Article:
This means that longest daylight period on summer solstice was 18 muhūrtas and shortest daylight period on winter solstice was 12 muhūrtas at the location where Vedāṅga Jyotiṣa was written. This means that muhūrta was of a fixed duration of 48 minutes and did not change with seasons. Nāḍikā being half of muhūrta was also of fixed duration of 24 minutes.
However, Prahara was not of fixed duration and depended on the season. In fact, its duration changed between daylight period and night period of the same 24-hour duration from one sunrise to next sunrise. The Prahara during day time was one fourth of the duration of daylight period and the Prahara during night was one fourth of the night duration. We have explicit scheme given in the commentary on Śrīmadbhāgvatam by Śrīdhara Swāmī as shown below:
The full explanation of this commentary is provided in a research paper by Prof. Takao Hayashi . In this scheme of Śrīmadbhāgvatam, a 24-hour period of one sunrise to next sunrise was divided into day of 4 prahara (24 nāḍikā, 6 nāḍikā per Prahara), dusk of 2 muhūrta (4 nāḍikā, 2 nāḍikā per muhūrta), night of 4 prahara (28 nāḍikā, 7 nāḍikā per Prahara), and dawn of 2 muhūrta (4 nāḍikā, 2 nāḍikā per muhūrta). This was valid in winter. The corresponding passage from the research paper by Prof. Takao Hayashi is shown below :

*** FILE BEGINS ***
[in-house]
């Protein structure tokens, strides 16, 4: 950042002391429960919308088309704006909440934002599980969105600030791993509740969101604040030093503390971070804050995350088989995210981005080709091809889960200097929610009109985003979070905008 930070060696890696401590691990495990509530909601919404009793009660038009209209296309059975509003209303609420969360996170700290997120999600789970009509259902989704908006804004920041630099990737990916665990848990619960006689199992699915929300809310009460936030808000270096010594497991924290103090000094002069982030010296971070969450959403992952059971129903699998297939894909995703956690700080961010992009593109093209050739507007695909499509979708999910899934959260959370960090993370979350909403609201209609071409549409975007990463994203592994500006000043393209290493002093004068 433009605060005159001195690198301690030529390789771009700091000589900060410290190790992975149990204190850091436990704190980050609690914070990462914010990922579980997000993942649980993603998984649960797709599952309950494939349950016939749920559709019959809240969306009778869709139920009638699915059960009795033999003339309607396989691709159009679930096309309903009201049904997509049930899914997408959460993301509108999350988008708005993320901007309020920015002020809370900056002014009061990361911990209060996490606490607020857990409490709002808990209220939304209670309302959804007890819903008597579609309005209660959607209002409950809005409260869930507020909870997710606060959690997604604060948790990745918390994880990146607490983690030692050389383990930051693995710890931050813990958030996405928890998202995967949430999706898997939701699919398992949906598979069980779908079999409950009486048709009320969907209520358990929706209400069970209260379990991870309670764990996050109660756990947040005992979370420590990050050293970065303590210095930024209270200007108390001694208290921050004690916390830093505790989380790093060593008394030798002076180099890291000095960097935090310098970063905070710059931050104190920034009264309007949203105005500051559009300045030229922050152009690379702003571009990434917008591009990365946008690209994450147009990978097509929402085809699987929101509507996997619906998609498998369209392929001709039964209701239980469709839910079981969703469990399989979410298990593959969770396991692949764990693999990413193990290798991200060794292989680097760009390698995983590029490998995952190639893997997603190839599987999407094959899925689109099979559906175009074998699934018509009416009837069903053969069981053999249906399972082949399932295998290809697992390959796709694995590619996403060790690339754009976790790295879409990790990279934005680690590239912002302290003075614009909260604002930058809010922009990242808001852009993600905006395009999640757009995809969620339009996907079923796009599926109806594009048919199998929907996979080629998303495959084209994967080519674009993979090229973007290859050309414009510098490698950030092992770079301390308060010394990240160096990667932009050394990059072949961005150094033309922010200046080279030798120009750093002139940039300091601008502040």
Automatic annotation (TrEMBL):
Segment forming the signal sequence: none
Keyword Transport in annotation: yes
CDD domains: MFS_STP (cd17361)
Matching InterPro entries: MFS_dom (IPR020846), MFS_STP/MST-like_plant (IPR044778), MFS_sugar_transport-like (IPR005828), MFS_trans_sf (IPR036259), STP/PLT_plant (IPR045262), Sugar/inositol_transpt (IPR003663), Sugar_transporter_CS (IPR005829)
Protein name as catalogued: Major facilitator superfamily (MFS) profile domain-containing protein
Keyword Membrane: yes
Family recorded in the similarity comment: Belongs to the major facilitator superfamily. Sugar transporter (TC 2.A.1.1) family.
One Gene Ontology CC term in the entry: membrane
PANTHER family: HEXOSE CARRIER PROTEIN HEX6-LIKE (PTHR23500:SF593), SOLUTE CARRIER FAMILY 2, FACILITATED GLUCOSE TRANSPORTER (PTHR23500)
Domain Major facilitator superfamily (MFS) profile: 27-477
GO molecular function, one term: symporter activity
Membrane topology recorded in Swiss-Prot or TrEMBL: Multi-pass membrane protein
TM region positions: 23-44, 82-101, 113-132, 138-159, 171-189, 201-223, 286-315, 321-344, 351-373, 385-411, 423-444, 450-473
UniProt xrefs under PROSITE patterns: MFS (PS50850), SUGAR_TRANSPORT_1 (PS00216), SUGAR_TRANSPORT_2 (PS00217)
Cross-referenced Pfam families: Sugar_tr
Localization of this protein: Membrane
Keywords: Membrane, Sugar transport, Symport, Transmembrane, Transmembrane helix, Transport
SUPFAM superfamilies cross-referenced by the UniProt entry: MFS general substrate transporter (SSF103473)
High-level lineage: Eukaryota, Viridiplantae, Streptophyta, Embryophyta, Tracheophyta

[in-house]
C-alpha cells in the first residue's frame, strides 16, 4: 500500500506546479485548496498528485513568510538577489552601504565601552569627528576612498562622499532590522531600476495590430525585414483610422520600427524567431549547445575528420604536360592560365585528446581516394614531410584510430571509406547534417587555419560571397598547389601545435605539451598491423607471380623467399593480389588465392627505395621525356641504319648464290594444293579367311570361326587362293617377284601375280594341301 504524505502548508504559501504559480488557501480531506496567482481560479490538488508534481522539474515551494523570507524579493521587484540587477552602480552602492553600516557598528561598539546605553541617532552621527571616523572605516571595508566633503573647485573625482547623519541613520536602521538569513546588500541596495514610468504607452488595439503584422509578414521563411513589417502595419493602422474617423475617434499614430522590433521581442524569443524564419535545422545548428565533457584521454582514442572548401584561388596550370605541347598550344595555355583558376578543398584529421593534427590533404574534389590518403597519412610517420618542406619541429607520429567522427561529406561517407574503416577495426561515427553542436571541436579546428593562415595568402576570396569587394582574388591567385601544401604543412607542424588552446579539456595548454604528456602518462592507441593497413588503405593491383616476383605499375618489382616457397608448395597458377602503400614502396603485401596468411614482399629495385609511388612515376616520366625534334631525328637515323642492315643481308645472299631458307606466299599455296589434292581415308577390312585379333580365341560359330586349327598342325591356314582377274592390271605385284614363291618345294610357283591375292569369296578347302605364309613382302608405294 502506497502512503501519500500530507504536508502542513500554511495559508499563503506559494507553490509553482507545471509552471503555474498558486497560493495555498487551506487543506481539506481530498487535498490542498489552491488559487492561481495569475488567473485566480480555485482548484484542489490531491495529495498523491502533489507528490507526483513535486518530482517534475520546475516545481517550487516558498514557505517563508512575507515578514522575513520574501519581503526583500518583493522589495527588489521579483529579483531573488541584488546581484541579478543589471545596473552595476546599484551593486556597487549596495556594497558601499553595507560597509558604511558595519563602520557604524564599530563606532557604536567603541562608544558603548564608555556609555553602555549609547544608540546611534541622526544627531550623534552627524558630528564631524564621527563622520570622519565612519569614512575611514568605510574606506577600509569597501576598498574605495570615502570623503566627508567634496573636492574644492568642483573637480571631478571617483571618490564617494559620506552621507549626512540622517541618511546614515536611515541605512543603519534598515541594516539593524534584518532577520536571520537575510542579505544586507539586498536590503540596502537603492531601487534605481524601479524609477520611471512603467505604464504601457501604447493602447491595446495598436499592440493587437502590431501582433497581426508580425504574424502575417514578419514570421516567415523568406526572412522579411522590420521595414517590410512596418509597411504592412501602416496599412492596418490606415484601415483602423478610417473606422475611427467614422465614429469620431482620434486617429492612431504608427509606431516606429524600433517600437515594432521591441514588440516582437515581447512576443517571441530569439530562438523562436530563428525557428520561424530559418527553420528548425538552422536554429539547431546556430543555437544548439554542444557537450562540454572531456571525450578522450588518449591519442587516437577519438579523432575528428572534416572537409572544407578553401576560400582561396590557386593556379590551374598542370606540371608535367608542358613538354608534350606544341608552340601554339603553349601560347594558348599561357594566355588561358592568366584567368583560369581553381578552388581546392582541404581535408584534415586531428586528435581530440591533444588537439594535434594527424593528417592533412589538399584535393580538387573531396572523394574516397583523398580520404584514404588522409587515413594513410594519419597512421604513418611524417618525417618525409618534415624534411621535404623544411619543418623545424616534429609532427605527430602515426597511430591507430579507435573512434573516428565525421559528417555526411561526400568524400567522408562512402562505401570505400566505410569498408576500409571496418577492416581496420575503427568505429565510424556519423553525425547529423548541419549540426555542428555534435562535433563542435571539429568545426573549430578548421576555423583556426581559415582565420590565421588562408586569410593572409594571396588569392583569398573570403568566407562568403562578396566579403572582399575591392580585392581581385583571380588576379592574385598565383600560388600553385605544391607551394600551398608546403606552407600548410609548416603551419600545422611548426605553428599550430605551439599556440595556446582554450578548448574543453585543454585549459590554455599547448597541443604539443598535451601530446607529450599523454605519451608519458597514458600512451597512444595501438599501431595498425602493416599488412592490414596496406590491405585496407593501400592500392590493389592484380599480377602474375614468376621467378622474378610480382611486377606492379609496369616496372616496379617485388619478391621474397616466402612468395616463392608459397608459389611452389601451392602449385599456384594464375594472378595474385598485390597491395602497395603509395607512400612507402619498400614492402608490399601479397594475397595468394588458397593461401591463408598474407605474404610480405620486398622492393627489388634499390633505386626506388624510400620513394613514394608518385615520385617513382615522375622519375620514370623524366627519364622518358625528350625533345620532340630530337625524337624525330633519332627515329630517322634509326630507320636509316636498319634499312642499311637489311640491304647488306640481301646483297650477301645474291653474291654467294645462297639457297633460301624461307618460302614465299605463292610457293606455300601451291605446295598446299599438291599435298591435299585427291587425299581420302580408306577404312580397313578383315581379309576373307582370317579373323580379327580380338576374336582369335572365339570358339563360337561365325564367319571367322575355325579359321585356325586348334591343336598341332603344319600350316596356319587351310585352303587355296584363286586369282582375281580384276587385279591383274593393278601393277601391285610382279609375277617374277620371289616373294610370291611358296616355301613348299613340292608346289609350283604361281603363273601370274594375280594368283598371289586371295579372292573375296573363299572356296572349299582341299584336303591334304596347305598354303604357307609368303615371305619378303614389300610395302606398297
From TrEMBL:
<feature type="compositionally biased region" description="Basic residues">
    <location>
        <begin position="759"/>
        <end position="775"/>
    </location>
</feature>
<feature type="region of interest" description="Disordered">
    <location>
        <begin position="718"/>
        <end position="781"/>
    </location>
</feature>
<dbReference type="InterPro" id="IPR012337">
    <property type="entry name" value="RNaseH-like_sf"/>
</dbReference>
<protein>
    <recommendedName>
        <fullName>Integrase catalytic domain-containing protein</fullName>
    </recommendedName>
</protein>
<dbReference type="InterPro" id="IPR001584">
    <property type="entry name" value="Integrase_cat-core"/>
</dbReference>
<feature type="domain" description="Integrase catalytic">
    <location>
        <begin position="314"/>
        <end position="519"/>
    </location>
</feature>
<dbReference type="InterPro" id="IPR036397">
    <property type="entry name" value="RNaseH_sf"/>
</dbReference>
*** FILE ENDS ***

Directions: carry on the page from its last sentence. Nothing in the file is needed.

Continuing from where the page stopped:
Prof. Takao Hayashi has also beautifully illustrated this division in the following figure . Please note the explicit mention of 1 prahara being equal to 6 nāḍikā during day and 1 prahara being equal to 7 nāḍikā during night.
Thus a 24-hour period of one sunrise to next sunrise consisted of 60 nāḍikā of 24 minutes duration each or 30 muhūrta of 48 minutes duration each. Śrīmadbhāgvatam 3.11.7–8 does not describe the division of the day in 24 hours. Prachyam is clearly wrong in its claim that Śrīmadbhāgvatam describes the division of the day in 24-hours.
1. Śrīvāstava, M. P. (1982). Sūrya Siddhānta, with scientific commentary, Dr. Ratnakumarī Swādhyāya Saṃsthāna, Allahabad, p. 769.
2. Āryabhaṭīya of Āryabhaṭa, Critically edited with Introduction, English Translation, Notes, Comments and Indexes by Kripa Shankar Shukla in collaboration with K.V. Sharma, Indian National Science Academy, 1976, p. 103.
3. Surya Siddhanta was NOT written over 14,000 years ago, https://rajarammohanroy.medium.com/s%C5%ABrya-siddh%C4%81nta-was-not-written-over-14-000-years-ago-1591a02a293e.
4. Surya Siddhanta was NOT written over 14,000 years ago (Response to questions raised by Rupa Bhaty), https://rajarammohanroy.medium.com/surya-siddhanta-was-not-written-over-14-000-years-ago-response-to-questions-raised-by-rupa-bhaty-478f7909efd4.
5. Dating the Surya Siddhanta, Dating the Surya Siddhanta | Dr. Raja Ram Mohan Roy | #SangamTalks — YouTube.
6. Kuppanna Sastry, T.S. (1985). Vedāṅga Jyotiṣa of Lagadha in its Ṛk and Yajus recensions. New Delhi: Indian National Science Academy, p. 37.
7. ibid., p. 44.
8. Takao Hayashi. “The Units of Time in Ancient and Medieval India.” History of Science in South Asia, 5.1 (2017): 1–116.